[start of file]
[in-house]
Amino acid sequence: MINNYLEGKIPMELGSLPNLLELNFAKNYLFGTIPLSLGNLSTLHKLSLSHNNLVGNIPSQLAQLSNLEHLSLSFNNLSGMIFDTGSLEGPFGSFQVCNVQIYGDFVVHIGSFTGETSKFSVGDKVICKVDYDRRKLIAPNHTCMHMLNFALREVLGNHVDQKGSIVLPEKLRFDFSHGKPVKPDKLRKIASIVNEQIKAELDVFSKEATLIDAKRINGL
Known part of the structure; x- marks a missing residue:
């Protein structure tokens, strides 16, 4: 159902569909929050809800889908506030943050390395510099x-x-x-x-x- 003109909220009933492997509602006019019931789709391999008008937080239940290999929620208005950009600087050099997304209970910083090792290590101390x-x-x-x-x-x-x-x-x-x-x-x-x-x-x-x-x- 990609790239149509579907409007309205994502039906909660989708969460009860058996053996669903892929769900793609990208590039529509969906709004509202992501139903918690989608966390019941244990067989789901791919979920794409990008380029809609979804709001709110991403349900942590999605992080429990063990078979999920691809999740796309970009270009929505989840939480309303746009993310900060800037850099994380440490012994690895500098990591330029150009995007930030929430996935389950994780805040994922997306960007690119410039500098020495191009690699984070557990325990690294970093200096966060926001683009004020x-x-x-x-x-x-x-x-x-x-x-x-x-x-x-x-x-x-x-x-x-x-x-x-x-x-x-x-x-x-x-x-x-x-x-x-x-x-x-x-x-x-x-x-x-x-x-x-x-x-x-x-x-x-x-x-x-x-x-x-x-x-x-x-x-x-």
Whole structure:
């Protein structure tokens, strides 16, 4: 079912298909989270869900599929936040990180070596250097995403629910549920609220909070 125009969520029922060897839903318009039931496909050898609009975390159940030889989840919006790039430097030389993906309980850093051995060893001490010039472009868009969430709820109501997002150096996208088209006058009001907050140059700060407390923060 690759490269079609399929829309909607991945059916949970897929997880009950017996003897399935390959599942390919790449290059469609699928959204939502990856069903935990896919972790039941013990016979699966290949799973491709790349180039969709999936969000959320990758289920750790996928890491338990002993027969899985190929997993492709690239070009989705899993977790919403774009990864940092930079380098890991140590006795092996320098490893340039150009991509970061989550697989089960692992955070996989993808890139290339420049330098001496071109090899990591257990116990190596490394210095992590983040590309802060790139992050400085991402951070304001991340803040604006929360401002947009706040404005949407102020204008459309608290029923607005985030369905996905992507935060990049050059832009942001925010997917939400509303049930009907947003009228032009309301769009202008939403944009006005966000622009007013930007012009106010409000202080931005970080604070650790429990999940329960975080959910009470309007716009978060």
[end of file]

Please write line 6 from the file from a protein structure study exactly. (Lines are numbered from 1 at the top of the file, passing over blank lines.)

């Protein structure tokens, strides 16, 4: 079912298909989270869900599929936040990180070596250097995403629910549920609220909070 125009969520029922060897839903318009039931496909050898609009975390159940030889989840919006790039430097030389993906309980850093051995060893001490010039472009868009969430709820109501997002150096996208088209006058009001907050140059700060407390923060 690759490269079609399929829309909607991945059916949970897929997880009950017996003897399935390959599942390919790449290059469609699928959204939502990856069903935990896919972790039941013990016979699966290949799973491709790349180039969709999936969000959320990758289920750790996928890491338990002993027969899985190929997993492709690239070009989705899993977790919403774009990864940092930079380098890991140590006795092996320098490893340039150009991509970061989550697989089960692992955070996989993808890139290339420049330098001496071109090899990591257990116990190596490394210095992590983040590309802060790139992050400085991402951070304001991340803040604006929360401002947009706040404005949407102020204008459309608290029923607005985030369905996905992507935060990049050059832009942001925010997917939400509303049930009907947003009228032009309301769009202008939403944009006005966000622009007013930007012009106010409000202080931005970080604070650790429990999940329960975080959910009470309007716009978060």